2) Play Video Segment #1: “Yamaguchi Photos.” At the end of the segment, pause the video so that the last image (the image of Kristi’s grandmother and three children) is visible on the screen. Ask your students what information Kristi gathered about her grandparents from the photographs. (Kristi saw that her grandfather was handsome and that he wore a suit; Kristi saw what her grandfather’s farm looked like and also saw her father as a young boy with his siblings and mother. She could see that there weren’t any tall buildings around.) Ask students to discuss other things they see in the photo. Ask the students why Kristi might have wanted to see these pictures. (She had never met her grandparents and the photos were one way for her to learn about them.)

3) Explain to students that we can learn valuable information about people from long ago by closely observing photographs. Ask students to think about how people could have shown what places and events looked like before cameras were invented. Explain that before cameras were invented, people often made drawings and paintings to show what things looked like and to tell about important events. American Indians created drawings to describe important events that happened. They created “Winter Counts” which included one drawing each year, describing an important event that took place that year.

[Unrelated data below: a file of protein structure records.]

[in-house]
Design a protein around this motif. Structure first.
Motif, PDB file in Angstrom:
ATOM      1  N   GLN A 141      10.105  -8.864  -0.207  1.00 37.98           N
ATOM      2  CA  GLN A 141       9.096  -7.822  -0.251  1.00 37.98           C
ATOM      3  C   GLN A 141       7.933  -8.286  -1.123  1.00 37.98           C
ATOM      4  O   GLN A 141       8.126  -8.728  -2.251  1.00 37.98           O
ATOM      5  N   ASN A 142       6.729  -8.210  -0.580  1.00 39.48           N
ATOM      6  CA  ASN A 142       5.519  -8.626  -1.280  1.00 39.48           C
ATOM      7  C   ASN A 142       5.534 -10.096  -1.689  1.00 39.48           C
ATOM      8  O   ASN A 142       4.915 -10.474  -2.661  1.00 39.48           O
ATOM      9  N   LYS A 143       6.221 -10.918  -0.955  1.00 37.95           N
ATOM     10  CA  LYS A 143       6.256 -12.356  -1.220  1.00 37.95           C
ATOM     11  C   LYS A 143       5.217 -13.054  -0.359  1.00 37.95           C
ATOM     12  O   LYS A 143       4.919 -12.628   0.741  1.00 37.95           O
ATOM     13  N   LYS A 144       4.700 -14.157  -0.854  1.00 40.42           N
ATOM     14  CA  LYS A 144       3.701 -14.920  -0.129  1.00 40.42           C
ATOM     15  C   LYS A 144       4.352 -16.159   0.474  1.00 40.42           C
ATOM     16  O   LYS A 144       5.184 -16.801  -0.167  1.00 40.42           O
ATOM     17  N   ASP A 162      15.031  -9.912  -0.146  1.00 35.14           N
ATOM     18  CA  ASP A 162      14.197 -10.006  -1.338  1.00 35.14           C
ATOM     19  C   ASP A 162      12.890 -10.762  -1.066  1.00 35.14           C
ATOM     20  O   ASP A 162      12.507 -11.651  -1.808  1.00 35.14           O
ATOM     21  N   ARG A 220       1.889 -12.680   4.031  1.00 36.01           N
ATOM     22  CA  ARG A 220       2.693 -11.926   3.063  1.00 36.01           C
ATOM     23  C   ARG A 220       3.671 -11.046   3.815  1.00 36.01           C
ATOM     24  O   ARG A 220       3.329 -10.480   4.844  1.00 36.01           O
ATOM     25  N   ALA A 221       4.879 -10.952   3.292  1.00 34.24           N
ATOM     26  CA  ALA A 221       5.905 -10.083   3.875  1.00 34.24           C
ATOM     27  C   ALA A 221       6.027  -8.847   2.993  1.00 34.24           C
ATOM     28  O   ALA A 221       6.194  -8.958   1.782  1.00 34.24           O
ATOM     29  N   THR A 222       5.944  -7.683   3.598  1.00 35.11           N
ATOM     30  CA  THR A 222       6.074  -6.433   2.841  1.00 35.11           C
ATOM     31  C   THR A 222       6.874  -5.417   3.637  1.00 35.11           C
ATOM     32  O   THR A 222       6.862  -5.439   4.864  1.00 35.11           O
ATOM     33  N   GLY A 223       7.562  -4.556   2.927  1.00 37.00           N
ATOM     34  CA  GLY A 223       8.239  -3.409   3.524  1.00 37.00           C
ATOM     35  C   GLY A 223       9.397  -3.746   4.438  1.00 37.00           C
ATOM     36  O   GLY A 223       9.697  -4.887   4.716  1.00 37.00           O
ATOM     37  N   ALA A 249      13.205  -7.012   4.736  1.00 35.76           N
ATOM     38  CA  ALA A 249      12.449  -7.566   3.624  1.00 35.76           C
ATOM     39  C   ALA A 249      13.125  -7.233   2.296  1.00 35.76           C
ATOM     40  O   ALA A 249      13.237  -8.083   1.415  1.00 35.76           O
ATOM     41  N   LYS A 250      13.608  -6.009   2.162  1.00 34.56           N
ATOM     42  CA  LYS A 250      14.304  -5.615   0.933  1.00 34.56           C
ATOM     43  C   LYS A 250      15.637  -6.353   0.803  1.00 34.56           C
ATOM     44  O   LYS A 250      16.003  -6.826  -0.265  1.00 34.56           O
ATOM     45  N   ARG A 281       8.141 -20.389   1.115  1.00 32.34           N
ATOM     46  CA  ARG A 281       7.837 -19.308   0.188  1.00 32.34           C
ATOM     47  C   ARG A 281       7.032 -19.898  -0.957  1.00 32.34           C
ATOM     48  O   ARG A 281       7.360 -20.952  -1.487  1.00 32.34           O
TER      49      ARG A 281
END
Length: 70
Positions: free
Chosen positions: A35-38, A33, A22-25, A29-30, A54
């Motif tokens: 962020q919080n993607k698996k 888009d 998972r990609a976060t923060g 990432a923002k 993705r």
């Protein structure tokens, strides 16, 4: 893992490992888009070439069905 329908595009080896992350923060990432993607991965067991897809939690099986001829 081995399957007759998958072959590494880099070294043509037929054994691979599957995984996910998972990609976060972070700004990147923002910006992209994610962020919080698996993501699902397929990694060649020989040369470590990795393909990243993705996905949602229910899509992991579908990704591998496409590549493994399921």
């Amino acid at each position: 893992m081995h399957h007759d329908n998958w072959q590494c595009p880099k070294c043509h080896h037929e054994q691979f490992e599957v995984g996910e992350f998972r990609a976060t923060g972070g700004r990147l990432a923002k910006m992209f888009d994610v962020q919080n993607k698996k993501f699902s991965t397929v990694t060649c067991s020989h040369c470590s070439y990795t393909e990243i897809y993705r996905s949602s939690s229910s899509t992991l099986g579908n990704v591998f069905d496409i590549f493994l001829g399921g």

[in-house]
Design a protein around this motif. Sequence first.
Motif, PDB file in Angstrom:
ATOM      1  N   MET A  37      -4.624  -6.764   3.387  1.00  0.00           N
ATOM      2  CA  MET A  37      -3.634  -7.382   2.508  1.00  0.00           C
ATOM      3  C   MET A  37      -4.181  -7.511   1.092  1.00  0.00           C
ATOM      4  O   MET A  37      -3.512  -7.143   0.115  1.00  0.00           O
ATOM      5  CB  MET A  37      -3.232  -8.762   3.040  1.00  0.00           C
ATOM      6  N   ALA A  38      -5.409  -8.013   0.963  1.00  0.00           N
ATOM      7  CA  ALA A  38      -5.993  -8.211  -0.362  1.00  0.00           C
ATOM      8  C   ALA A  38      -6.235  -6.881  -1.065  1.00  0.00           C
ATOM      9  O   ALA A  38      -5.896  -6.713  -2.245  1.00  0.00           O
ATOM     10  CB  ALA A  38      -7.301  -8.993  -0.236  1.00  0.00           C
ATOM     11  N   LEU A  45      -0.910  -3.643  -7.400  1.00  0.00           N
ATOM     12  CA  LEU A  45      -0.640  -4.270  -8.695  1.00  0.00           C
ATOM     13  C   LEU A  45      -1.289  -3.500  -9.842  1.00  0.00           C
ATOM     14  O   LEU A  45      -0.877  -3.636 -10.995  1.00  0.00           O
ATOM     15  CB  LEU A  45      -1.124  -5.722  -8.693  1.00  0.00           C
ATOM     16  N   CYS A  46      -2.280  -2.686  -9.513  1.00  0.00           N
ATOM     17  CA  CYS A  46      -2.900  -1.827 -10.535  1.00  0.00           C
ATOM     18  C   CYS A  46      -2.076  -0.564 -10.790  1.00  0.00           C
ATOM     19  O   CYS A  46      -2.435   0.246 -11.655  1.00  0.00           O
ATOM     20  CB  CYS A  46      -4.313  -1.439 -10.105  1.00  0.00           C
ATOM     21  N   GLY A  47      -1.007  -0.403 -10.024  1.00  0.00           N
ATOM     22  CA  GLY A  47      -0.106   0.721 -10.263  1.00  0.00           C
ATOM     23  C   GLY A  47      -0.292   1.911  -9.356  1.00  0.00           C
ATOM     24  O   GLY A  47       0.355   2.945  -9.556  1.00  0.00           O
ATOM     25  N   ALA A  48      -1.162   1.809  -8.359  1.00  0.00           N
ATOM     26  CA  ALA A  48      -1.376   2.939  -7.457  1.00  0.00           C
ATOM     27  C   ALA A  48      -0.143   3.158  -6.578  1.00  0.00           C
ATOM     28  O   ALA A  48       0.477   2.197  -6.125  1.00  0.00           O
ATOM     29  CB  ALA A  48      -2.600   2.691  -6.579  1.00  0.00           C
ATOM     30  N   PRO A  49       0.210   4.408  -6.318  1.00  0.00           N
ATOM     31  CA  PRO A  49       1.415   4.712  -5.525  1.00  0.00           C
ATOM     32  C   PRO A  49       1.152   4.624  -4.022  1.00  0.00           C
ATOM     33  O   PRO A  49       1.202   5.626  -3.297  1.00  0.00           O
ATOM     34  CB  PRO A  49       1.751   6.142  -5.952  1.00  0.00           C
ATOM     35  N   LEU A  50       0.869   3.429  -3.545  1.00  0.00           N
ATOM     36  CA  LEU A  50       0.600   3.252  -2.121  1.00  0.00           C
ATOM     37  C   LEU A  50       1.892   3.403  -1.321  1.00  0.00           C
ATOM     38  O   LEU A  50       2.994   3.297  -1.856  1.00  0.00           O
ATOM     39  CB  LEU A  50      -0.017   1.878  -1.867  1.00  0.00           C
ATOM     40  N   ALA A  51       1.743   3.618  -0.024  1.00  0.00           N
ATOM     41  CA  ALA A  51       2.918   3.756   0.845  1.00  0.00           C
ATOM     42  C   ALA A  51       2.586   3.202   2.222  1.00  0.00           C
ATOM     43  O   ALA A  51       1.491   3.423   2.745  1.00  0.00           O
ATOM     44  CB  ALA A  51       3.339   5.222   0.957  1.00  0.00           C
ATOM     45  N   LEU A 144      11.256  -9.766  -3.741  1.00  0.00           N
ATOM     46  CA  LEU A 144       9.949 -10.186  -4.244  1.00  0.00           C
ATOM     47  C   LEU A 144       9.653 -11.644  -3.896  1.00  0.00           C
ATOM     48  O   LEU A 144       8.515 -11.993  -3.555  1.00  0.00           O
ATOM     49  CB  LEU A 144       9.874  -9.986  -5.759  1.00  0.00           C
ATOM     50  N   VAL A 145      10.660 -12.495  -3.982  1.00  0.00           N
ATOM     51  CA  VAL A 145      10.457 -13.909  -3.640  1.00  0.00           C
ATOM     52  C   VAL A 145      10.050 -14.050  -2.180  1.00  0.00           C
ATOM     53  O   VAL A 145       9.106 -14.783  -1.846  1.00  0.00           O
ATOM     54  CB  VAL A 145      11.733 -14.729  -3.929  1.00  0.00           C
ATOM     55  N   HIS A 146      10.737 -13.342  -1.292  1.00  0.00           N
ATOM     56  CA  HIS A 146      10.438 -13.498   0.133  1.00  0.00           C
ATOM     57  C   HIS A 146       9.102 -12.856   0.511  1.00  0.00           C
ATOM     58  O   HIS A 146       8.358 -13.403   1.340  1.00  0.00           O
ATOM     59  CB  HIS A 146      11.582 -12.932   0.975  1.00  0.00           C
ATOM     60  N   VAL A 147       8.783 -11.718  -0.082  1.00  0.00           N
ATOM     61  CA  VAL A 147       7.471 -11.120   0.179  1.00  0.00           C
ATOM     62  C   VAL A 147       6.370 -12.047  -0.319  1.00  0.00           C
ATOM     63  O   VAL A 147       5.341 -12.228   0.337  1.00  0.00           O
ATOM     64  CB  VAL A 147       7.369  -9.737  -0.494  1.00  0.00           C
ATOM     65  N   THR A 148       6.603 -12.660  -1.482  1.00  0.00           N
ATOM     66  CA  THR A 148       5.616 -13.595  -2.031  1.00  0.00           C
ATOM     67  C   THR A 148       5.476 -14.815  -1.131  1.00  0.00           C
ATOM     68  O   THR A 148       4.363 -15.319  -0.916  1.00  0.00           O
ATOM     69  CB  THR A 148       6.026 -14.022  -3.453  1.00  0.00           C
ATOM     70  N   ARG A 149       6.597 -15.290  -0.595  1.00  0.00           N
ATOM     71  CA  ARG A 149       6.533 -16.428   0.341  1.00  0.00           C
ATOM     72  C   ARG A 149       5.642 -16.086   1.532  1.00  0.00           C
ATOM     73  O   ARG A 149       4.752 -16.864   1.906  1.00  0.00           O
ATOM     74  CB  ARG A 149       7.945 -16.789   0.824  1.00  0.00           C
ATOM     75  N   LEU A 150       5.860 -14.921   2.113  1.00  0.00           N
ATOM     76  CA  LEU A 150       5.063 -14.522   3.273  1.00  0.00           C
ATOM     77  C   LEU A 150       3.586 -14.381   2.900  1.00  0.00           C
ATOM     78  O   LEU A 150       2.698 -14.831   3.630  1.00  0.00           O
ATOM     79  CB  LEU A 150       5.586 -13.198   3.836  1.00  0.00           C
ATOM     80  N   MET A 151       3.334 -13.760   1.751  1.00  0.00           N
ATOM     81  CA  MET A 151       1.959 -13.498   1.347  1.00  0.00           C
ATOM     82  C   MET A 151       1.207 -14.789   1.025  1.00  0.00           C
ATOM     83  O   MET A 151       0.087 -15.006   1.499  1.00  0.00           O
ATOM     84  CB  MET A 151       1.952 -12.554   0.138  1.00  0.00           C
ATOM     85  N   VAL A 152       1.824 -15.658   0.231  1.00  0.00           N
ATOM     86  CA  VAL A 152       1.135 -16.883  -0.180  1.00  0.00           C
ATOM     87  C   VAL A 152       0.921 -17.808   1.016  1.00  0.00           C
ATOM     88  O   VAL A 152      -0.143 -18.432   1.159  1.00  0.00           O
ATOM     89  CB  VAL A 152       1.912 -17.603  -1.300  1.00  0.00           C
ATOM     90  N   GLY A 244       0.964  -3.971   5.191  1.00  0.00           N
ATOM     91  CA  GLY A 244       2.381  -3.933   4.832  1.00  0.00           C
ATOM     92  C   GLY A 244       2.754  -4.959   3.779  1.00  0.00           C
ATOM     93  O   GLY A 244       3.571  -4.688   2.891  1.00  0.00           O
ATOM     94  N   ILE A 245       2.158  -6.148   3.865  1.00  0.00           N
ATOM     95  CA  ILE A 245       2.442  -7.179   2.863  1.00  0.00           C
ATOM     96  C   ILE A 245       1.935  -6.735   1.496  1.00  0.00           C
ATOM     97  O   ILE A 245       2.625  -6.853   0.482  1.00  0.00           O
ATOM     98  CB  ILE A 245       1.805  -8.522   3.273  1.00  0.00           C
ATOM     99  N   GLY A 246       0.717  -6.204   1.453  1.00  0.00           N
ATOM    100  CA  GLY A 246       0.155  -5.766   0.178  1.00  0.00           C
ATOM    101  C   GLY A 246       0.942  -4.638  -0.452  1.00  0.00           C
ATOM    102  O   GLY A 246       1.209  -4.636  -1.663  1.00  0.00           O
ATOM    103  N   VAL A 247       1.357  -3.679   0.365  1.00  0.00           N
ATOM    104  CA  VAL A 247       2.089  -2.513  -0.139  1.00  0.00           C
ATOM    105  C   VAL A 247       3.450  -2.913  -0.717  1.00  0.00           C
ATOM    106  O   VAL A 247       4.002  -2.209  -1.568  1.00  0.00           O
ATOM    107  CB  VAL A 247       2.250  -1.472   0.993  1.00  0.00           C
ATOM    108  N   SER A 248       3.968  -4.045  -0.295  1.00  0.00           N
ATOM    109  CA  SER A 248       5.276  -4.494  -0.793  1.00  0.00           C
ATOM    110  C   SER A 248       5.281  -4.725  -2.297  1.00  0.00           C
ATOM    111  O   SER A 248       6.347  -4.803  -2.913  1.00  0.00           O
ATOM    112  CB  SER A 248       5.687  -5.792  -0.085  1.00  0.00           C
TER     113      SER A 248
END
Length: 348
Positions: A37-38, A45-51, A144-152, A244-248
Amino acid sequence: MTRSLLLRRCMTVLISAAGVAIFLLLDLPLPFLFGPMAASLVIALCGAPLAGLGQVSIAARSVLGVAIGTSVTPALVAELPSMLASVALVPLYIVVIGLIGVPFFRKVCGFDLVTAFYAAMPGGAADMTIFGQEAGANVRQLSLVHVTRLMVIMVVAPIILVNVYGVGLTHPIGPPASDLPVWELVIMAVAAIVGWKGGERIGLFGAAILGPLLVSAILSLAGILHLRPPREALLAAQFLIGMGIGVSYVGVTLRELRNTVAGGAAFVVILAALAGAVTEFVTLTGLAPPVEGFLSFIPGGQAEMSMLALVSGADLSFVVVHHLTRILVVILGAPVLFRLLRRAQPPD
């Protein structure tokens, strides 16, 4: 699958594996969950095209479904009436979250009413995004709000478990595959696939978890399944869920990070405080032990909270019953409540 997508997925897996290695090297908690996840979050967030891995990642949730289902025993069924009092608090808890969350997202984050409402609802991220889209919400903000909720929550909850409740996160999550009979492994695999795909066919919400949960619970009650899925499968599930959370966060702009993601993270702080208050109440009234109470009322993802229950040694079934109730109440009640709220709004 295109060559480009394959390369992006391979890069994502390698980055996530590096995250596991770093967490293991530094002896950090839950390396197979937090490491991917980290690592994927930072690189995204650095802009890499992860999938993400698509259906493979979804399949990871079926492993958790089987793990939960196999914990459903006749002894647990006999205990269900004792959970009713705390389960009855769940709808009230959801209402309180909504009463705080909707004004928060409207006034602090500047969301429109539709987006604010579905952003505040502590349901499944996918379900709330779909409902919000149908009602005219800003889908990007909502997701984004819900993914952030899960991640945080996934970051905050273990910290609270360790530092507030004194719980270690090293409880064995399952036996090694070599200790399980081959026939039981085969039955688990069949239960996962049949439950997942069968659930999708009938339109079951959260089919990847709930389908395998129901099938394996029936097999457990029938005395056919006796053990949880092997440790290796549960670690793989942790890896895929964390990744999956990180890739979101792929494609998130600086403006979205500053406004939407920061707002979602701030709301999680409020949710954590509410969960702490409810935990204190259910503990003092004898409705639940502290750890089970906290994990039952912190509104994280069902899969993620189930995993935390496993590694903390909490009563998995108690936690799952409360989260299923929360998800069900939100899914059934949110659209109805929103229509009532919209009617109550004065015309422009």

4) Explain that now you are going to look at some Winter Counts that were created by Lakota people a long time ago. View Lakota Winter Counts: An Online Exhibit on the National Museum of Natural History’s website. Select “view this exhibit.” Skip the introduction and then click on “view winter counts.” Make sure that “Overview” is selected on the top left of the screen (above the dates).

5) Show the students that along the left hand side there are names of different Winter Counts and explain that each Winter Count has one drawing per year. Point out that the years are listed above the images. Tell the students that you are now going to look at some of these drawings to see what they can teach us about important things that happened long ago.

6) Explain that you are now going to look at some Winter Count images from 1821-1822. Move your cursor over to the “1821-1822” column and then move the cursor down the column to the image from the Lone Dog Winter Count. Click on that image. Read the information listed by “Name of the Year” in the top right corner, as well as the “Collector’s Note.” Then click on “Overview” again and now click on the image for Flame for the same year and read the “Name of Year” and “Collector’s Note” information for that image. Click on “Overview” again and then click on the image for Swan for the same year and read the corresponding information. Ask your students to discuss and compare the three Winter Count images. Repeat the same process of observing and comparing the Flame, Lone Dog and Swan Winter Count images for the following years:
• 1833-34
• 1840-41
• 1851-52
• 1853-54
• 1861-62